Mankind ate by hand for thousands of years until the dawn of civilization, when we started to use many different tools to skewer and cut up our food. Many archeological findings have uncovered pointed utensils made from a wide variety of different materials, from the earliest in animal bones up to the more evolved ones in steel.

The first traces of the fork date back to Roman times, courtesy of archeological finds of primitive forks on exhibit at Italy's "Museo di Ventimiglia," as a testimony to the use of forks around the 1st and 2nd centuries A.D. The use of hands continued to prevail over the use of the fork, however.

It was not until the Early Middle Ages, most likely in the courts of Bisanzio, that the fork was found in regular use.
Italian literature testifies to the use of the fork sometime after the year 1000 in cities like Venice, Pisa and Florence. According to these accounts, the fork was particularly common among merchants and the middle class, while the Ovid table manners continued to prevail in the noble courts, consisting of using three fingers to pick the food up directly from the plate.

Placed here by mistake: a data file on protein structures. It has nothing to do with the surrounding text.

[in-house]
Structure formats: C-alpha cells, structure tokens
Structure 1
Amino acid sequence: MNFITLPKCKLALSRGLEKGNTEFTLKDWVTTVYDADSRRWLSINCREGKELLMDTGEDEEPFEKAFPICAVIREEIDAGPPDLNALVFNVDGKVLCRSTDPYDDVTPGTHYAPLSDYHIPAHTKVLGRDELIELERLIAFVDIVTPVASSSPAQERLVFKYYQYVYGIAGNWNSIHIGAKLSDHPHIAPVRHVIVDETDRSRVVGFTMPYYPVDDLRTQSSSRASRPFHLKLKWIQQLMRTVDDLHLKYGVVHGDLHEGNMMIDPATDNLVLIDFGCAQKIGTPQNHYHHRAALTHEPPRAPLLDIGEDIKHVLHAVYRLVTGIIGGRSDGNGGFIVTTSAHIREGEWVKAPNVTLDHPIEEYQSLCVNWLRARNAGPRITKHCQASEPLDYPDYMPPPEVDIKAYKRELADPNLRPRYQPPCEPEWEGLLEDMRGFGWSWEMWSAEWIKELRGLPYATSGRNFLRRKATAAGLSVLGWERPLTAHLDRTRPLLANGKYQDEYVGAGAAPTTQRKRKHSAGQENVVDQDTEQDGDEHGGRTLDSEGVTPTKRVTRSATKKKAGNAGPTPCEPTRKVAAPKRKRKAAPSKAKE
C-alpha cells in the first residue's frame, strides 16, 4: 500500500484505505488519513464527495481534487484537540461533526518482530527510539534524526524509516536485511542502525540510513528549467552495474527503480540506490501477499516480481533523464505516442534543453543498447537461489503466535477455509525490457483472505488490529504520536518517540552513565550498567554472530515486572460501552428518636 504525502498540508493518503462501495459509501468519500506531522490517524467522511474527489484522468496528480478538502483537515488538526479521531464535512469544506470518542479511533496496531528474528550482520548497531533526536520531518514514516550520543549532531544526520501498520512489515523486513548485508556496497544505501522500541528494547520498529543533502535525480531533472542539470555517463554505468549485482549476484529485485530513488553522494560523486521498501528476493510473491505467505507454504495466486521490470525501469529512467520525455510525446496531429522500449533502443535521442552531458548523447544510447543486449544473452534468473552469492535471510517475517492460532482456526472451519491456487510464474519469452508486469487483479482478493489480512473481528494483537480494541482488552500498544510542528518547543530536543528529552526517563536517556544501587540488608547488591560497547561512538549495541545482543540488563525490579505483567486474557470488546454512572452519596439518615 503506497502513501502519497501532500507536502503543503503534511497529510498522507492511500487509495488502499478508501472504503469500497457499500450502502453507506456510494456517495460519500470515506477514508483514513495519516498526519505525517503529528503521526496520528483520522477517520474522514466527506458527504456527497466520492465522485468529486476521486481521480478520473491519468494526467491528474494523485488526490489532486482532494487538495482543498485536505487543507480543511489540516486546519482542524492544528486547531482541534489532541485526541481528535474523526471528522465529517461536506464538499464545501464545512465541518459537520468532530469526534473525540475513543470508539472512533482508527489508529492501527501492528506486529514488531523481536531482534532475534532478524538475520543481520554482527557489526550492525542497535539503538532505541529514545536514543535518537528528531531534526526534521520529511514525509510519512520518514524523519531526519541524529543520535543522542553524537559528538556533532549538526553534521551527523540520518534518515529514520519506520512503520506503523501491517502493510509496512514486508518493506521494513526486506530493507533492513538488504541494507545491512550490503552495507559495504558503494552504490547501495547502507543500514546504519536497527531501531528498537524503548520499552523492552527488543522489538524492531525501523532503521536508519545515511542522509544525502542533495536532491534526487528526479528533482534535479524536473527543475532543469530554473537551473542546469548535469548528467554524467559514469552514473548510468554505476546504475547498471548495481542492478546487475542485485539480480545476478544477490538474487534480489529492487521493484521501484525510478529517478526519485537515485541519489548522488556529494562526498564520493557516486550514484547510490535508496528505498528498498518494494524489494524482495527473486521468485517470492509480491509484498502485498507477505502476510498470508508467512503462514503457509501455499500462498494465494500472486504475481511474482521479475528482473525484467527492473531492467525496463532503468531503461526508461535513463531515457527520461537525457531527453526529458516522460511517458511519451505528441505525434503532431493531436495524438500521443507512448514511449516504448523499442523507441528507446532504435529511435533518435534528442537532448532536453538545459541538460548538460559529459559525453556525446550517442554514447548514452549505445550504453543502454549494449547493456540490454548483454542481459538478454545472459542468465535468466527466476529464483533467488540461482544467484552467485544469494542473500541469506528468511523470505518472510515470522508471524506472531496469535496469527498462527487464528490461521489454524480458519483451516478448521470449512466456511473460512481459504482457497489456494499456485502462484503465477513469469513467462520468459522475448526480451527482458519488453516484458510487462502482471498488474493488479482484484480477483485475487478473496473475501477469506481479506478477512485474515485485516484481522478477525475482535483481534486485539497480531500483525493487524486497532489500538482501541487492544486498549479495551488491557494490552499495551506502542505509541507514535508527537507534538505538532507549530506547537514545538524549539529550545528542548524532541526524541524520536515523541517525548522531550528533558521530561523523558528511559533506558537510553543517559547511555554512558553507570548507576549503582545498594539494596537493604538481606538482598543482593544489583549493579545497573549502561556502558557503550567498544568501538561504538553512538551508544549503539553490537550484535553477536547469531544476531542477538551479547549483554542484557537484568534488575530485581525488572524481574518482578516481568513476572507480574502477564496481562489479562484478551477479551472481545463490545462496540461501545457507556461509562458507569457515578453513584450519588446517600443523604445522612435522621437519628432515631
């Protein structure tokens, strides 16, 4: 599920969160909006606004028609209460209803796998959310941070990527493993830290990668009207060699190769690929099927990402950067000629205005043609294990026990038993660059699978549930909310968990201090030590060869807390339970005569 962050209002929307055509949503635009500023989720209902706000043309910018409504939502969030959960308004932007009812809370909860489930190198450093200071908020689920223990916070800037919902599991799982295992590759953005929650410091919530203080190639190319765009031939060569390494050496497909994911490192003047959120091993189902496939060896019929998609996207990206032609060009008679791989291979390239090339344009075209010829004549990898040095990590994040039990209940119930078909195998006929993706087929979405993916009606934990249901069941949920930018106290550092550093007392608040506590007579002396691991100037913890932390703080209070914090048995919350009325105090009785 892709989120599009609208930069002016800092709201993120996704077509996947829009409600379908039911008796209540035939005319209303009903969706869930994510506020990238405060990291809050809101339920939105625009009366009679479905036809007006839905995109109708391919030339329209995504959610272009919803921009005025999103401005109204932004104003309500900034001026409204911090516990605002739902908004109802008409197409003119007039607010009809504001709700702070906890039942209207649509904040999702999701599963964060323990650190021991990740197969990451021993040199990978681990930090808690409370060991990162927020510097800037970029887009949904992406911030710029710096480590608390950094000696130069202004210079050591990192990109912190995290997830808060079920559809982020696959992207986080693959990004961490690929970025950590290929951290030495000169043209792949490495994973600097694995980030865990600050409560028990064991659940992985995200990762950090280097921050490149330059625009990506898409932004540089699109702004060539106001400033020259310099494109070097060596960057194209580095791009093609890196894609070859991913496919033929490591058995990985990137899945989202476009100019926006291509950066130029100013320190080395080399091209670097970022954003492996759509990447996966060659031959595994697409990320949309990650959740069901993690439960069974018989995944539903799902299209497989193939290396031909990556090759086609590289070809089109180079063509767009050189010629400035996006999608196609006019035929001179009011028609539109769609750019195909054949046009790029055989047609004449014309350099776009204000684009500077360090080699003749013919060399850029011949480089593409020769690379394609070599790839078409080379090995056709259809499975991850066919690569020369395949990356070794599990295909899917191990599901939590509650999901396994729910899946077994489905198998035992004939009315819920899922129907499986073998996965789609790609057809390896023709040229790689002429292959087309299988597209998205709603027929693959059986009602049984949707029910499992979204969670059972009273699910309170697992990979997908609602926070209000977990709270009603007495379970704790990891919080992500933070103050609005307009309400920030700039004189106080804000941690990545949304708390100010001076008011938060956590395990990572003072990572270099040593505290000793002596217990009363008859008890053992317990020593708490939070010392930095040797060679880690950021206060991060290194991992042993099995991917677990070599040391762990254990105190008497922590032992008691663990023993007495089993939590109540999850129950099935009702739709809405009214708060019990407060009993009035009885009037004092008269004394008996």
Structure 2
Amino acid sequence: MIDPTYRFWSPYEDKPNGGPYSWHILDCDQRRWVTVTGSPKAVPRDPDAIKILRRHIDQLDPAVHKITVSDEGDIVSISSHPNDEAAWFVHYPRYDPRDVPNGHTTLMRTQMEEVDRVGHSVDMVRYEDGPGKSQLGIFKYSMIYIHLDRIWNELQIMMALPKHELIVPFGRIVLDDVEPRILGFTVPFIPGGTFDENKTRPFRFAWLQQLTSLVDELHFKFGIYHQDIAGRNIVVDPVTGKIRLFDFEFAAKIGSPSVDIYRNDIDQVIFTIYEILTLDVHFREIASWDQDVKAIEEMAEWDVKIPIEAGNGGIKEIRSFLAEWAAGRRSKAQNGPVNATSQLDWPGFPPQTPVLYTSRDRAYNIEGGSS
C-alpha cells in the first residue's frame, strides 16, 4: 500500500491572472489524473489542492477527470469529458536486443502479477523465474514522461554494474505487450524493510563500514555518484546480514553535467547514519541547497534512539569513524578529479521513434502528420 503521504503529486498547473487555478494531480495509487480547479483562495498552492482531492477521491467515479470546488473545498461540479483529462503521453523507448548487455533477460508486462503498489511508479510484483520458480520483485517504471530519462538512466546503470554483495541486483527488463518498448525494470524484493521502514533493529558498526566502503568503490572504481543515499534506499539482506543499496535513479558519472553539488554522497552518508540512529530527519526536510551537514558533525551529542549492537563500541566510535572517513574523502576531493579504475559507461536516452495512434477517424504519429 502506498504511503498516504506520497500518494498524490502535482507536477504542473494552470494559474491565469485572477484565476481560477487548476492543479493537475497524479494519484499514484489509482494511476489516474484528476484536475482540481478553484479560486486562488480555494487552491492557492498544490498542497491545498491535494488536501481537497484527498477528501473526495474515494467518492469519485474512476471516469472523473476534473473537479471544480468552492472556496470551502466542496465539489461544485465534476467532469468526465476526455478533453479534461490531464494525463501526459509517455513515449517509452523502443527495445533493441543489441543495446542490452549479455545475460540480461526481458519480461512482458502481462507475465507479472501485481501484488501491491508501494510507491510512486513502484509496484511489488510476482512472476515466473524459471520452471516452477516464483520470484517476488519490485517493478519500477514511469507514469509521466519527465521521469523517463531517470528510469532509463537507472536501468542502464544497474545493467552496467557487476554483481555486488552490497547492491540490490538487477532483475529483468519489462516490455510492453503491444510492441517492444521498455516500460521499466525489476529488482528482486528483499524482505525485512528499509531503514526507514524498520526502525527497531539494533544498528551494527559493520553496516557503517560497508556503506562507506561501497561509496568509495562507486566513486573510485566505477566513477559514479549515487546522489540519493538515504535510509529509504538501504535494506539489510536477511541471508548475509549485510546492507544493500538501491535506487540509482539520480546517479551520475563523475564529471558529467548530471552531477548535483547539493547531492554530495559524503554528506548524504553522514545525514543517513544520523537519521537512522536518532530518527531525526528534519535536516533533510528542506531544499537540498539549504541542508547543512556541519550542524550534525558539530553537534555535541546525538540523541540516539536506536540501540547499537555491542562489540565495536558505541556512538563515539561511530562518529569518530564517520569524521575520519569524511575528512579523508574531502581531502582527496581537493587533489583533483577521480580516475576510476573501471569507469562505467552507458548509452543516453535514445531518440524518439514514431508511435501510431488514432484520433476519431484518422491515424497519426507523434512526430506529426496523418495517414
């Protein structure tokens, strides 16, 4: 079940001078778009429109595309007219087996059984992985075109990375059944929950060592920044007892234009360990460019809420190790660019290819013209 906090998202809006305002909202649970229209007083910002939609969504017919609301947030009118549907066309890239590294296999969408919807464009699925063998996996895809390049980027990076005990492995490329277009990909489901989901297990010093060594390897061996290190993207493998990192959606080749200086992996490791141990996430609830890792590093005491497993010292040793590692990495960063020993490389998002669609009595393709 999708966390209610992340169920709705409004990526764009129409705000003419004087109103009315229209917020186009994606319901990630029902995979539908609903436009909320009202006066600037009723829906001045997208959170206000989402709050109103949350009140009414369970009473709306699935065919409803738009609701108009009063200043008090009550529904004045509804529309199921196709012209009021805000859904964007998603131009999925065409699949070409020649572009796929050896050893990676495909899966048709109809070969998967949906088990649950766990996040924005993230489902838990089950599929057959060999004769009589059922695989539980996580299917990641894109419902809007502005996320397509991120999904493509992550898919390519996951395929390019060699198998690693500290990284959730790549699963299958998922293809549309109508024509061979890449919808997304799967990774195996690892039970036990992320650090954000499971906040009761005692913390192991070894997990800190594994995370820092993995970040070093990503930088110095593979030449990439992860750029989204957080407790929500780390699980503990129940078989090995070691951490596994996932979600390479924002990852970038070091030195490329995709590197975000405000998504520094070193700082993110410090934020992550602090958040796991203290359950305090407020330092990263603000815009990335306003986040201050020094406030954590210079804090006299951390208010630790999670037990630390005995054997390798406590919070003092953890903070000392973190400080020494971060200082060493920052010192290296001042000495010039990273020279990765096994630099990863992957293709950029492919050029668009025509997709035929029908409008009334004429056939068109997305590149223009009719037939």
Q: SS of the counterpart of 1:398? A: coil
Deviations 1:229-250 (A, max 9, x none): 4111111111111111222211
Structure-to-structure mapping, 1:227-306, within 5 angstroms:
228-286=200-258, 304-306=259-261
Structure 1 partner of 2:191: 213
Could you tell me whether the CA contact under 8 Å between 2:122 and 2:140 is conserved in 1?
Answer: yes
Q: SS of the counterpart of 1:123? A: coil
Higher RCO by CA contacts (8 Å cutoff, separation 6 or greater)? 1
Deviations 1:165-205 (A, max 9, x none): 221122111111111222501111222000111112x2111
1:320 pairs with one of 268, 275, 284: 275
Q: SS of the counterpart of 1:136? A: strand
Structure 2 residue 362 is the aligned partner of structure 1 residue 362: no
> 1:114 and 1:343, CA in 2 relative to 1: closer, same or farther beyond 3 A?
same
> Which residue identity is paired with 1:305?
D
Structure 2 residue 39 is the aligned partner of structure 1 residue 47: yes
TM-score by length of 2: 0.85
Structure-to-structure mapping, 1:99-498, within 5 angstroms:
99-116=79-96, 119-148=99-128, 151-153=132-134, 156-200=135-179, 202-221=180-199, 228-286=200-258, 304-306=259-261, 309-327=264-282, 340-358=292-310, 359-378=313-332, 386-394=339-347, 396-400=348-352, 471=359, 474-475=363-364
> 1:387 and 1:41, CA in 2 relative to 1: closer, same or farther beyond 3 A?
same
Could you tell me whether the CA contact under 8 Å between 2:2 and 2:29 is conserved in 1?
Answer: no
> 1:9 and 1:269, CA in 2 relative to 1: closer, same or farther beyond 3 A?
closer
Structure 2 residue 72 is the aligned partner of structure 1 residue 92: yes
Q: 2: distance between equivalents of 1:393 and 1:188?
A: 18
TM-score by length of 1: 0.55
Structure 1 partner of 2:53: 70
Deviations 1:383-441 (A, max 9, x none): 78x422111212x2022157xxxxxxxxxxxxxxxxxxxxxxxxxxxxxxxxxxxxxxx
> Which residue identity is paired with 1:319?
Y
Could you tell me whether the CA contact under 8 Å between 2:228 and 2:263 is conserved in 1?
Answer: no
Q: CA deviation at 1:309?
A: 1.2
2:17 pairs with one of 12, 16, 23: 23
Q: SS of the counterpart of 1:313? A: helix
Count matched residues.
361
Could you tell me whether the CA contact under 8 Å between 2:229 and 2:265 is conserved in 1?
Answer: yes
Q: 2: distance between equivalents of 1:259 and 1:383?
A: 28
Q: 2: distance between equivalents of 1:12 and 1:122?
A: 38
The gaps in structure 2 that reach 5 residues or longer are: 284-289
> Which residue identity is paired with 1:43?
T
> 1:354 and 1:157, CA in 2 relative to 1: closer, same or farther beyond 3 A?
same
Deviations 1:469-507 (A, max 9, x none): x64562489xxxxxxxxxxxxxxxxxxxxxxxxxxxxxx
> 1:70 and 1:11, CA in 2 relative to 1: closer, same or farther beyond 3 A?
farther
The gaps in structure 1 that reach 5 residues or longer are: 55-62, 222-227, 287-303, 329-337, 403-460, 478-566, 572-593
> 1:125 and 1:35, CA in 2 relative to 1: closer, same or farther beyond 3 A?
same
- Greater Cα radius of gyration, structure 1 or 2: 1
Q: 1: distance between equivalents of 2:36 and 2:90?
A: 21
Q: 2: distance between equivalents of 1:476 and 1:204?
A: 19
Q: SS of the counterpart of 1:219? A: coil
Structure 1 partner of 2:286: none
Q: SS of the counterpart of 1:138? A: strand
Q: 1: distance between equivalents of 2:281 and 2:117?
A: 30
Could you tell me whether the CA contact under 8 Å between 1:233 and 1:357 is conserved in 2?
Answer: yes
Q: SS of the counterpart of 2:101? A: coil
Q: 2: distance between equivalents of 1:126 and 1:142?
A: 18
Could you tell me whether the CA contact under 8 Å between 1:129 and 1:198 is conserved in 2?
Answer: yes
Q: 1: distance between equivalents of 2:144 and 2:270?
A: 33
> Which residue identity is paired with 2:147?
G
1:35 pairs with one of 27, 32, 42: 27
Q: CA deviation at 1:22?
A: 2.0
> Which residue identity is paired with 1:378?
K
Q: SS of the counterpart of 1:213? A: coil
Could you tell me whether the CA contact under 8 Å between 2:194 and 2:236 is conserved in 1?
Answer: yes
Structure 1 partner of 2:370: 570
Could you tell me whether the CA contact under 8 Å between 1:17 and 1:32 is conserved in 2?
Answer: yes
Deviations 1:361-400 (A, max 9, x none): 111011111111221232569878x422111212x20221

One of the first undisputed discoveries on the use of the personal fork at the table was passed down to us from San Pier Damiani (1007-1072). In his writings, he tells of a Byzantine princess who came to Venice to marry a 'doge' (chief magistrate) and how she always used a two-pronged fork instead of touching food with her hands.

It was not until around 1500 that the fork had established itself as a sign of good manners.
The fork slowly spread from the Italian courts across Europe, first to France, thanks to Catherine de Medici, and then the courts of northern Europe. Widespread use of the fork did not become commonplace until the latter half of the 1700s.

Today, the fork is found on the tables of millions of people and represents one of the most-used inventions of all history.